Foster begins by noting that authors have control over their books while they are writing them, but as soon as a book is published it’s a different story. It’s impossible to predict how a piece of literature will be received and interpreted by readers; for example, books such as Herman Melville’s Moby-Dick (1851) or F. Scott Fitzgerald’s The Great Gatsby (1925) were poorly regarded when they were first published, even though they are now considered masterpieces of English literature.
The notion that literature has a “life of its own” is one of the most important concepts in the book. Rather than being attached to what the author intended or what other people think, readers should use “deep reading” techniques to create their own interpretation. As the examples of “Moby Dick” and “The Great Gatsby” show, other people can be wrong!
Foster expresses gratitude for the nontraditional students he has taught at the University of Michigan-Flint, who have been instrumental in the writing and revising of How to Read Literature Like a Professor. These students—many of them adult learners—prove that the best thing for a professor to do (once he or she has properly explained different reading techniques) is “stand aside” and allow students to analyze texts for themselves.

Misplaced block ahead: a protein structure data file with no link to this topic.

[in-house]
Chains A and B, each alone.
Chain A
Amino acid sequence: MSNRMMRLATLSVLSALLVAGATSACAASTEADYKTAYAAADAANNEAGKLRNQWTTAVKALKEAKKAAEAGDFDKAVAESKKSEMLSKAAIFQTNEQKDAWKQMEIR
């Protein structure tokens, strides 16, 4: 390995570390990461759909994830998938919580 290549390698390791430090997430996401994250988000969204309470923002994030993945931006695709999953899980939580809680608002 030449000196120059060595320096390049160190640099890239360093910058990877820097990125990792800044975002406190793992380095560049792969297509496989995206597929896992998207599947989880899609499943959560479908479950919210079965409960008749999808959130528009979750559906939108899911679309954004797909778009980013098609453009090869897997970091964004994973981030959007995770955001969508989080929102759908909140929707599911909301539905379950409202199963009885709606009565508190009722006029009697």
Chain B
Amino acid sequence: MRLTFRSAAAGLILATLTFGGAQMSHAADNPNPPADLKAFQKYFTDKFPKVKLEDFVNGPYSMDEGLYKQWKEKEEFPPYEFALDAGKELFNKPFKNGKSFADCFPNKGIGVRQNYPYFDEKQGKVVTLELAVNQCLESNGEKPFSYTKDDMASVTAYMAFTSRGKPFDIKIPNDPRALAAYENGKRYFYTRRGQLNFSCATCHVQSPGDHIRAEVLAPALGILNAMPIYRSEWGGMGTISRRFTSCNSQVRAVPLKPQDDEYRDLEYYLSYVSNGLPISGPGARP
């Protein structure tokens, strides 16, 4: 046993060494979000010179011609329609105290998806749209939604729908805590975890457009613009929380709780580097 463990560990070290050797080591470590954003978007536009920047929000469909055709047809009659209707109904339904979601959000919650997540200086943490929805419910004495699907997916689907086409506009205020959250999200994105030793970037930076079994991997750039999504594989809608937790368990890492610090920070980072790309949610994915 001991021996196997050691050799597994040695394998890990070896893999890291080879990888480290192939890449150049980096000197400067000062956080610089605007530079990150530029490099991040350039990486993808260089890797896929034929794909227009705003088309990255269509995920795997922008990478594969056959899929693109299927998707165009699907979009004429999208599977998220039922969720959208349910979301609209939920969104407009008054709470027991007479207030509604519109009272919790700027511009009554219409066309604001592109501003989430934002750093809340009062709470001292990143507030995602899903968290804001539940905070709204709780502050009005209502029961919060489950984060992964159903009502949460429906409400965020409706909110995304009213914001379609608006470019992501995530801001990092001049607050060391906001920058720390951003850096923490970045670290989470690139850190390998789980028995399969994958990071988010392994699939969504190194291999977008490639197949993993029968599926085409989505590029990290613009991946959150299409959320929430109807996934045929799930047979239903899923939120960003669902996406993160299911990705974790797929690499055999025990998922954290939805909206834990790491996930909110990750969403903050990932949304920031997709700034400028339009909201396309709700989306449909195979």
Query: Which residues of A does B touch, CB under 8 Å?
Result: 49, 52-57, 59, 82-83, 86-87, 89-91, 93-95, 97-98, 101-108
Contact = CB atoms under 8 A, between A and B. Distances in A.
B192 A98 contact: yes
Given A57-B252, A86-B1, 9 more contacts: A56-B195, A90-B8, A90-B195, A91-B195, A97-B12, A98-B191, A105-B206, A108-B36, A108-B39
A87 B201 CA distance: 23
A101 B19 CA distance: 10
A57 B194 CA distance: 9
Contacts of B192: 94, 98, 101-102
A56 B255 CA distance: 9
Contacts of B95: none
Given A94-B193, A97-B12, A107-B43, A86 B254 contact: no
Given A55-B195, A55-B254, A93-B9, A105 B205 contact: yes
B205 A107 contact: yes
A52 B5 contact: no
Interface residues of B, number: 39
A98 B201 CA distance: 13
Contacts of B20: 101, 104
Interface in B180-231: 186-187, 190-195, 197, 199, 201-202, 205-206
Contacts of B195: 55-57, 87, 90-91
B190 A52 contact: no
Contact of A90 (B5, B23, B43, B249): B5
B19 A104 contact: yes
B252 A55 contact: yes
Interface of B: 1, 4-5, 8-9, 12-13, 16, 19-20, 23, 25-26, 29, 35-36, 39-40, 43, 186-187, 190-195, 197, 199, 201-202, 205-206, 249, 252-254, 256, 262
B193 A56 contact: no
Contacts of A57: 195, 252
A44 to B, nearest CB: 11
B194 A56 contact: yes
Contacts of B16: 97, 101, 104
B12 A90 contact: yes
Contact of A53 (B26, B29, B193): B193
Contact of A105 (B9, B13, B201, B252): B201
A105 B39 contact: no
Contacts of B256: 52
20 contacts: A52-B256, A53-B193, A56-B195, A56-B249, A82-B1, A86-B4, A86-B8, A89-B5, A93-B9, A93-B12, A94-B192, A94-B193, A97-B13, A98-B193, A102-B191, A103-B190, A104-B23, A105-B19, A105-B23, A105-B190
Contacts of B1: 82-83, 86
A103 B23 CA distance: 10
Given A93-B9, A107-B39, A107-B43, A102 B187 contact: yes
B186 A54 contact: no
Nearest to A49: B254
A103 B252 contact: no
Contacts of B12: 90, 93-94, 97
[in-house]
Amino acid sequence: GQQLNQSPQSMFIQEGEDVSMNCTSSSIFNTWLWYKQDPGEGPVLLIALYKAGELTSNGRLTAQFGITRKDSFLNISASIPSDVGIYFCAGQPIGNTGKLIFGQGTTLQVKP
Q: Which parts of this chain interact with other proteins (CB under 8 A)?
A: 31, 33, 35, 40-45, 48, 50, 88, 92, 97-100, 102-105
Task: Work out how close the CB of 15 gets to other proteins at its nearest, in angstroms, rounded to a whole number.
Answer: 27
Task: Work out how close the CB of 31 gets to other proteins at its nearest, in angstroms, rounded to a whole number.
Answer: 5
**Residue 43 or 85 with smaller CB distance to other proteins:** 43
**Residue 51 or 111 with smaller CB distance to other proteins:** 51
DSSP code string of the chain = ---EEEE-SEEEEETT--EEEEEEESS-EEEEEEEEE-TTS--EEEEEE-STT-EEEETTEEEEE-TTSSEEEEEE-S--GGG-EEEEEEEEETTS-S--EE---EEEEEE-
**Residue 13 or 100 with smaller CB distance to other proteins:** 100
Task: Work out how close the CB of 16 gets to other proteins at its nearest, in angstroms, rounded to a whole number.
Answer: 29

Here Foster contextualizes the book and gives a sense of the audience for whom it was written. Literary analysis might have a reputation for being elitist and inaccessible, but Foster aims to counter this by making “reading like a professor” possible for anyone.
Foster moves on to thank the high school English teachers who assign How to Read Literature Like a Professor to their students. The inventive teaching methods of these teachers and the positive feedback they report about the book helps to show that young people’s engagement with literature is alive and well. Foster lists contemporary authors who similarly prove that, contrary to what some people believe, reading is not dead. He argues that “literature does not die… it expands.” Finally, Foster expresses thanks to the students who show enthusiasm about the book and the study of literature.
Foster emphasizes that the practice of reading can be just as creative and important as writing. His words create the impression of a global community of readers—including scholars, students, and teachers—who together ensure that literature will never “die.” Furthermore, Foster indicates that the contributions of students and “beginner readers” to this community are just as valuable as those of authors and professors.